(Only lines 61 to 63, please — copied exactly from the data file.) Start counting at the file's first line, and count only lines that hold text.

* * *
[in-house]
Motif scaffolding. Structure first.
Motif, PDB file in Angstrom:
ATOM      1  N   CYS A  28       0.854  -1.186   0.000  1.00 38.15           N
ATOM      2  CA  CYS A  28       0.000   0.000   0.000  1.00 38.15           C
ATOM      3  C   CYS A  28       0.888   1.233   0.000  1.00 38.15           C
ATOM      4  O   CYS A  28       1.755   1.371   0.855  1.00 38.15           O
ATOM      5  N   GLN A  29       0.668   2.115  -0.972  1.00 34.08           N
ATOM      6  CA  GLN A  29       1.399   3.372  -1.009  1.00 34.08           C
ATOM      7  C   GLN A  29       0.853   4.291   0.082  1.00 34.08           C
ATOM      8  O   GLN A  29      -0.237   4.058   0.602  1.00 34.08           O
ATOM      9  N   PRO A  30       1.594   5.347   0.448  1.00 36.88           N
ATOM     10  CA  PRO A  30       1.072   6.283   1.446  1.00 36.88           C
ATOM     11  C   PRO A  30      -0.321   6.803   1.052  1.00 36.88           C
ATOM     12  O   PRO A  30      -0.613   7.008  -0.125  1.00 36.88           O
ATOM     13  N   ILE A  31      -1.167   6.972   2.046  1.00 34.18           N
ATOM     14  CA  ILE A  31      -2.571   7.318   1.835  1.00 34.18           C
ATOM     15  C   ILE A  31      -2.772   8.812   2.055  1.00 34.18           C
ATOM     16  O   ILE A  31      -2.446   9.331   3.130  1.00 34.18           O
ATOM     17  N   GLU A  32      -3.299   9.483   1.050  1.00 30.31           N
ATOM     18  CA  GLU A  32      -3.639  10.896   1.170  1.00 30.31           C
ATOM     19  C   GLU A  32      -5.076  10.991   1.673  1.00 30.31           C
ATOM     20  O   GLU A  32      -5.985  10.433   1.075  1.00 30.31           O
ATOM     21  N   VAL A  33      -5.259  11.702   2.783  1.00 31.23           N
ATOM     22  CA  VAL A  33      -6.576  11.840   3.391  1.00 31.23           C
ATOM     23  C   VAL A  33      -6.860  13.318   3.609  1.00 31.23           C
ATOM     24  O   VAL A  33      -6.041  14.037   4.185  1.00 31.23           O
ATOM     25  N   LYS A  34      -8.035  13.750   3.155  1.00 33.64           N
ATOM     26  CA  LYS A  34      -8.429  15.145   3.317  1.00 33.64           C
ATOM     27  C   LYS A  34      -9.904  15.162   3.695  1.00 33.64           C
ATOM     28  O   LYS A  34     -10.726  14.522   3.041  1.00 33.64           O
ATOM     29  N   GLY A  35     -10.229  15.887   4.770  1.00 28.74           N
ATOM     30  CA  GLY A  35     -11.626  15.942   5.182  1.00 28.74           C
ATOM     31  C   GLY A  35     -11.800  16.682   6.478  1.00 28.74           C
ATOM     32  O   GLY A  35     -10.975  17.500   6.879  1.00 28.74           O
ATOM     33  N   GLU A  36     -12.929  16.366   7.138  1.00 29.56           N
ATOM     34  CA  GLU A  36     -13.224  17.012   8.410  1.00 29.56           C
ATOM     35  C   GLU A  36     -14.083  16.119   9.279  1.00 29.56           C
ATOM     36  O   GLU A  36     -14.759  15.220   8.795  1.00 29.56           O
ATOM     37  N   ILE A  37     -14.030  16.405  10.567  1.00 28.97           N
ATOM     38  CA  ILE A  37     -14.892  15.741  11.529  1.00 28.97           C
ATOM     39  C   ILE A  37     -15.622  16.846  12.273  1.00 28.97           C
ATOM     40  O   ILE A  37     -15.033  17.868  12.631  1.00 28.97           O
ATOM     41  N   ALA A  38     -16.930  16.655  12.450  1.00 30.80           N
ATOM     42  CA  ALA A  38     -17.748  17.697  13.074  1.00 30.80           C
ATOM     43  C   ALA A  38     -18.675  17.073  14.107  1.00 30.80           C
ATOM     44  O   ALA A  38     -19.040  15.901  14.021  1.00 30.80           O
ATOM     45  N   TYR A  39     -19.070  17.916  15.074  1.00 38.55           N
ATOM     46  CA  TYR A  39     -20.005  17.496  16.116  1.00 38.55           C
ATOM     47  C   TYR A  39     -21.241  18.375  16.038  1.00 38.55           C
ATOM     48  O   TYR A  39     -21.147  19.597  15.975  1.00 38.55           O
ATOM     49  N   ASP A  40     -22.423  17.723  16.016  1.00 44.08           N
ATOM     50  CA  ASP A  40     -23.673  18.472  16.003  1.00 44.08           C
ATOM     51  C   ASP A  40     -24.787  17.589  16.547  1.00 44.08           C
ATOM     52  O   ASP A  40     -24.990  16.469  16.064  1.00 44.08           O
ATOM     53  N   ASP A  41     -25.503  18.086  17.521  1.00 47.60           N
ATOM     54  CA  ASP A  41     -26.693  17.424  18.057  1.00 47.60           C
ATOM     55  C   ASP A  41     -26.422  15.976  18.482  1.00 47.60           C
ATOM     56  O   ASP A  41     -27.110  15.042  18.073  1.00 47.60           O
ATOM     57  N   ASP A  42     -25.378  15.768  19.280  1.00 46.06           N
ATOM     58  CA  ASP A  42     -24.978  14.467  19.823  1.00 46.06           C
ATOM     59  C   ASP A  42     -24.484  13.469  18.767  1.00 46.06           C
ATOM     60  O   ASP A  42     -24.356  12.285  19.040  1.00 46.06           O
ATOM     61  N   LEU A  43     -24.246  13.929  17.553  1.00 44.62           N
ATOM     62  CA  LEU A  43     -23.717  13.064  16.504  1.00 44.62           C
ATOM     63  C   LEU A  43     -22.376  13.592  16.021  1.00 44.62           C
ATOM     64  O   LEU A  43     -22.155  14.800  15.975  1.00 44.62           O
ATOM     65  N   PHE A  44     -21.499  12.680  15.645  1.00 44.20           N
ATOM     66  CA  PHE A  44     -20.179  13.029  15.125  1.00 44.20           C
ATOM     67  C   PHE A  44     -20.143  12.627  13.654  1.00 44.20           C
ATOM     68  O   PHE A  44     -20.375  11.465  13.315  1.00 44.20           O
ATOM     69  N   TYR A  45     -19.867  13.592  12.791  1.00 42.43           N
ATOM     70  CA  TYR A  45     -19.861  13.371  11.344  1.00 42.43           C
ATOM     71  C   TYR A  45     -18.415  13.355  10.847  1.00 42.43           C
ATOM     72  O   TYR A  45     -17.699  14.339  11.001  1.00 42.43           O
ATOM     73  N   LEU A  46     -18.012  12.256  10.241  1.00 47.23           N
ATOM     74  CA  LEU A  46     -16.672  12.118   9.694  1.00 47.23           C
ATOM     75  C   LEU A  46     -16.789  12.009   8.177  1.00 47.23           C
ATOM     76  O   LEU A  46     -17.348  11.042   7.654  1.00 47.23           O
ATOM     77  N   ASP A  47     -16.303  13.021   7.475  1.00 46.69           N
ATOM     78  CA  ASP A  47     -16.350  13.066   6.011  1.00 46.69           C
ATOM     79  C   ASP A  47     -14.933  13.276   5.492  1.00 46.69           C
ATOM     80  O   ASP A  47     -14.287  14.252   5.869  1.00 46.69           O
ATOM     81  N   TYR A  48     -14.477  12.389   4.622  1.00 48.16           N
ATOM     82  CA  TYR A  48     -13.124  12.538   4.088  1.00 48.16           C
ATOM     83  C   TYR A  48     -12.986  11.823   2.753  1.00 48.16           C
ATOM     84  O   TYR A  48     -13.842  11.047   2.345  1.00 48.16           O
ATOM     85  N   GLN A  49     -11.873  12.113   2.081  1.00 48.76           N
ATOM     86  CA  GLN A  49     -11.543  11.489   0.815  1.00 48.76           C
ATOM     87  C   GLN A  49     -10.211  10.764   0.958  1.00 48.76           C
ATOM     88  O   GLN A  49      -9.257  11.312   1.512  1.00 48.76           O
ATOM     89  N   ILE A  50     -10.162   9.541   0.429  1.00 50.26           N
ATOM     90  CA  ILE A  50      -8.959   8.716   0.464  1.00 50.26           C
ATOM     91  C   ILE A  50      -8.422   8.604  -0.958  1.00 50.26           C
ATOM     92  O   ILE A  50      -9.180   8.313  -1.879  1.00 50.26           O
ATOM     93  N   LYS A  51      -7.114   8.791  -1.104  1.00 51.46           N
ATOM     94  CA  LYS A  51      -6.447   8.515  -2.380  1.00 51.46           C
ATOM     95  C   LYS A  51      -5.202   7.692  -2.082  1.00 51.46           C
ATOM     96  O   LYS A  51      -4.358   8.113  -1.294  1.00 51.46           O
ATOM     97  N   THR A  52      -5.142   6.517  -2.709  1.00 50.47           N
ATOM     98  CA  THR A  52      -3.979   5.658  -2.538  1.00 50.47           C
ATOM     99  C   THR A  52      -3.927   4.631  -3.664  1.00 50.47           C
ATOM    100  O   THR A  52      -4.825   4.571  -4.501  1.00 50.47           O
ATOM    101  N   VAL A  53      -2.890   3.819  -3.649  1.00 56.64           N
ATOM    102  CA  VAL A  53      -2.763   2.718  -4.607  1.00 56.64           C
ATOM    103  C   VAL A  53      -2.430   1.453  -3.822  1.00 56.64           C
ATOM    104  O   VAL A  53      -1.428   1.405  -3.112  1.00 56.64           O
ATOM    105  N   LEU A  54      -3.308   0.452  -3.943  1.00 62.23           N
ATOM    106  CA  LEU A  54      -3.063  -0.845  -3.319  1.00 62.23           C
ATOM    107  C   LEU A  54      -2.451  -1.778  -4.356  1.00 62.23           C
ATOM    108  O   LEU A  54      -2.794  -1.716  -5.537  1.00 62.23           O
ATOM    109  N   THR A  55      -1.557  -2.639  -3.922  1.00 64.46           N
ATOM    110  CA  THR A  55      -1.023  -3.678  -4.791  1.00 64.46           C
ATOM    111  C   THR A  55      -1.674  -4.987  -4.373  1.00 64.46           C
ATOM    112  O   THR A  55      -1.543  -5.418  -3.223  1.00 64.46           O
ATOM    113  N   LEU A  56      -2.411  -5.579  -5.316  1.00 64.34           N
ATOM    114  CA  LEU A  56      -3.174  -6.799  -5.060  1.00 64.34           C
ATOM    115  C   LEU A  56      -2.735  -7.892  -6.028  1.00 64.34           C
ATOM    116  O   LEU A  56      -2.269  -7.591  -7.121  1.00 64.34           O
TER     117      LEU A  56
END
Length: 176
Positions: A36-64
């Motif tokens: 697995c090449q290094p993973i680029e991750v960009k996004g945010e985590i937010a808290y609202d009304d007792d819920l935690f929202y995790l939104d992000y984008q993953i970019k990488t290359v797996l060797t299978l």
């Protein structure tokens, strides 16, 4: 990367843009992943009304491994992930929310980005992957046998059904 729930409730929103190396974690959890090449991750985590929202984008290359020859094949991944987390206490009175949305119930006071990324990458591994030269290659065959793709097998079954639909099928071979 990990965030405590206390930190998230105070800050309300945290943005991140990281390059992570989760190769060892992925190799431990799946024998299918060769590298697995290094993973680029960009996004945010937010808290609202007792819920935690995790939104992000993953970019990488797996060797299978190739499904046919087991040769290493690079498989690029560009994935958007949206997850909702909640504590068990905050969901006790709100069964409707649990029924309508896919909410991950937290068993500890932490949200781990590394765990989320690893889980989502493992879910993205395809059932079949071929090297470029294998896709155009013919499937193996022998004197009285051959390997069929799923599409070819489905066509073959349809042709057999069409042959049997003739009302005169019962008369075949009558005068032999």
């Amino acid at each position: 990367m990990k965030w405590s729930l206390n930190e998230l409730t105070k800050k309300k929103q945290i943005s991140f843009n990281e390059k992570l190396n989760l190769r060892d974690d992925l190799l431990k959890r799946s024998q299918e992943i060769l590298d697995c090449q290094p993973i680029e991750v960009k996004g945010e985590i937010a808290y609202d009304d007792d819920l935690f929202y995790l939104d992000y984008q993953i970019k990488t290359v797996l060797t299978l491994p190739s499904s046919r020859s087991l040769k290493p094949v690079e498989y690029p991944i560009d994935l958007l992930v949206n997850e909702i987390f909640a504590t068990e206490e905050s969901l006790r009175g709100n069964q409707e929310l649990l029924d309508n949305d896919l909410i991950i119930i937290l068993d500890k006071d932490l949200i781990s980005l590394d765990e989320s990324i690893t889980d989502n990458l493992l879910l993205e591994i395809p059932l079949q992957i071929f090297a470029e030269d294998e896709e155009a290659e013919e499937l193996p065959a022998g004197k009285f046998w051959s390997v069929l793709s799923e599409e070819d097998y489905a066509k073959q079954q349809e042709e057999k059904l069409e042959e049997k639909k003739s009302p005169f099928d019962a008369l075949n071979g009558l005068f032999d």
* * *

ATOM     58  CA  ASP A  42     -24.978  14.467  19.823  1.00 46.06           C
ATOM     59  C   ASP A  42     -24.484  13.469  18.767  1.00 46.06           C
ATOM     60  O   ASP A  42     -24.356  12.285  19.040  1.00 46.06           O